‘Did you have those sticky glow-in-the-dark stars on your ceiling?’
‘Of course,’ he said. ‘What aspiring astronaut doesn’t?’
‘So what happened? Didn’t you think you were smart enough?’ I said, teasingly.
‘Oh, I’m definitely smart enough, Sophie.’ His laughter echoed mine. ‘I just didn’t like the idea of having to eat cardboard food for months at a time. When I was seven, my dad bought me a star for my birthday. It came with all these specific coordinates and a certificate with my name on it, and we waited for it to get dark and then found it through the telescope.’
‘Of course you had a telescope,’ I interjected.
I caught his smirk. ‘So we found the star – The Gianluca Falcone Star – and my dad helped me get the coordinates until it lit up right in front of me. When I pulled back from the eyepiece, he clapped me on the back, and asked me what I thought about it.’
Without meaning to, I had rolled on to my side and hitched my head up with my hand, so I could see him better. I liked looking at him when he was telling a story. One, because he was abnormally handsome, and two, because his face lit up when he spoke. ‘And?’ I prompted.
He glanced sideways at me, a smile flickering at the edges of his lips. ‘I turned around to my father, who had just spent all this money on a really thoughtful, unique gift, and I said …’ He cleared his throat, and did his best impression of himself as a child. ‘“Dad, are you aware that the light from this star takes so many years to reach earth, that in reality it’s probably already deteriorated into a ball of dust and ash, and so the gift, technically speaking, is dead, and therefore useless?”’
‘Oh, man,’ I said, lying on my back again, my laughter warm inside me. ‘Remind me to never ever buy you a gift.’
‘Just make sure it’s a real star, not the memory of one,’ he said. ‘In my defence, I was only seven. I didn’t know about conventional rules of present-acceptance. I thought I knew everything.’
‘Some things never change.’
‘Well, the only difference is, now I actually do know everything.’
‘What else? What else would you do?’
His attention was trained on the stars again. ‘I’d visit Machu Picchu and do the Inca Trail, I’d travel Route 66 on a shoestring budget in an old Camaro. I’d study the Renaissance in Florence, I’d sleep under the Northern Lights in Iceland …’ He trailed off, and I could feel it, just as I knew he could – the sense of sadness creeping over us. He had really thought about it. All the things he would be, all the things he would do. Whispers of a life unlived, of dreams unmade. It hurt, right down in my core, to know that he would never have those things – the things that made his eyes light up and his smile stretch like a little boy’s again.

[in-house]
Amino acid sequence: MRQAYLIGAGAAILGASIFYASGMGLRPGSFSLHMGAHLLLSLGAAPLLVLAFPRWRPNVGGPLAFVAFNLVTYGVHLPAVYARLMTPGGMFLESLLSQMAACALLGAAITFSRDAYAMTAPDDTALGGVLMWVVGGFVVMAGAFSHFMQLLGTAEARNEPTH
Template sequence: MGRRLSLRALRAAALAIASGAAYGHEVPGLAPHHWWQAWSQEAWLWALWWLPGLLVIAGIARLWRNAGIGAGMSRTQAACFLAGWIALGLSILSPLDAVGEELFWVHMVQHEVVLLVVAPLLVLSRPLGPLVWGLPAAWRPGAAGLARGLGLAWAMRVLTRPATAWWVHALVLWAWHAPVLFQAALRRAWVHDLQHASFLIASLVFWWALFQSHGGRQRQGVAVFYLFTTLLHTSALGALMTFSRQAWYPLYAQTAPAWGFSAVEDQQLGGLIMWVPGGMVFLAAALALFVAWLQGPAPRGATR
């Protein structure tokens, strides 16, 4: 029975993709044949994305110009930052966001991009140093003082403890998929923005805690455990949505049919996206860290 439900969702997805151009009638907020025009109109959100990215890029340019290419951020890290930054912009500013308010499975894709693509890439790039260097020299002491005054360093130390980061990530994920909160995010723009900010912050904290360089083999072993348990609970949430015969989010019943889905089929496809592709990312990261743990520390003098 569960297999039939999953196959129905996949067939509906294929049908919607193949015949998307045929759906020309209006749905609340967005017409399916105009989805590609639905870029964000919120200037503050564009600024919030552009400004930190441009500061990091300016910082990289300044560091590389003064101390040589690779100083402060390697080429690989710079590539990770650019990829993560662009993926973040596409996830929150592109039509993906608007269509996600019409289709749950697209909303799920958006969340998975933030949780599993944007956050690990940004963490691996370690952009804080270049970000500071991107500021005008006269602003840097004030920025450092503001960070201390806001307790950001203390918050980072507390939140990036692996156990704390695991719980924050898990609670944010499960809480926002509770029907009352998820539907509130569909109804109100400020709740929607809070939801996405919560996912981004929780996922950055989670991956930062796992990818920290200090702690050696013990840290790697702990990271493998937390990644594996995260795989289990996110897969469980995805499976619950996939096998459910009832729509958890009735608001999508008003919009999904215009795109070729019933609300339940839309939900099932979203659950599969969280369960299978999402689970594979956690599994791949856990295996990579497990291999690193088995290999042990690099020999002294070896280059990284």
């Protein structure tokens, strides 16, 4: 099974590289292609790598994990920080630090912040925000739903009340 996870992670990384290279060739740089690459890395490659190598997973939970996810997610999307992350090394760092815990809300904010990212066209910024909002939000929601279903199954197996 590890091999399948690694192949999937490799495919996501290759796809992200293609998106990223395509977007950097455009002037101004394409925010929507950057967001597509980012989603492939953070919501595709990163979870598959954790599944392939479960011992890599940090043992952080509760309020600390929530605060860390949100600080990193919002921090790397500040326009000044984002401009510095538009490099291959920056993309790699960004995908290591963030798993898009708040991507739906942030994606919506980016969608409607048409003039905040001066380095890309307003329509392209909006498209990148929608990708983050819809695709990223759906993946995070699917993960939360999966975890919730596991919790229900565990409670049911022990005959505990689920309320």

We lay together under the stars and the melancholy, and I tried my hardest to think of something that might make him feel better, to wade into that dark, empty space inside me and pull out a spark of light for him, but there was nothing, just hollowness and fear and anger.
He rolled on to his side, his whole body brushing mine as he looked down on me. ‘What about you, Sophie? What would you do?’
I had a million things I wanted to do – they used to play on a loop in my head, before all the nightmares took their place. ‘When I was a kid, my uncle used to take me to the Oriental Theatre in the city whenever there was a new musical playing.’ I rushed on, thinking of my old uncle Jack as a separate entity to who he really was – Antony Marino. ‘I saw Wicked four times in one year. And Billy Elliot and Aladdin, all these wonderful stories brought to life, and I remember thinking when I was only eleven years old that if I was going to do something for the rest of my life, it would be that. Stories. I’d work in movies or musicals, behind the scenes, bringing it all together. I’d be the producer or the director, or I’d stand there all day and happily hold a boom mic. I didn’t care, I’d just be part of it. Something bigger than me.’ My breathing had doubled, and the excitement of my rant was catching in my cheeks. I didn’t realize I was smiling, and Luca was so close to me, I could see the scar above his lip stretch as he smiled back.
‘What else?’ he asked, leaning closer. ‘What else would you do?’
‘I’d go to England and see where Millie grew up. I’d go to Buckingham Palace, and the West End. Millie says they do Wicked in British accents over there. How weird is that?’ I didn’t wait for him to answer. ‘Or maybe I’d see The Phantom of the Opera. I never got to see that one, and it was my mother’s favourite show. We were going to go but we …’ I trailed off.
‘Anything else?’ he said, softer now.
‘You know they think there are more tombs left to be discovered in the Valley of the Kings in Egypt? Imagine if I found one? I’d be so famous.’
Luca’s laughter burst out of him, flashing warmth into the air between us. ‘This is getting pretty elaborate … even by your standards.’
‘Don’t act like you wouldn’t want to see the pyramids.’
‘Of course I would,’ he said leaning in until he was distractingly close. ‘Maybe in this version, I could come with you …’
I tried to ignore the scent of his aftershave, the warmth of his body heat as he pressed against me. ‘You’d probably get motion sickness on the way there.’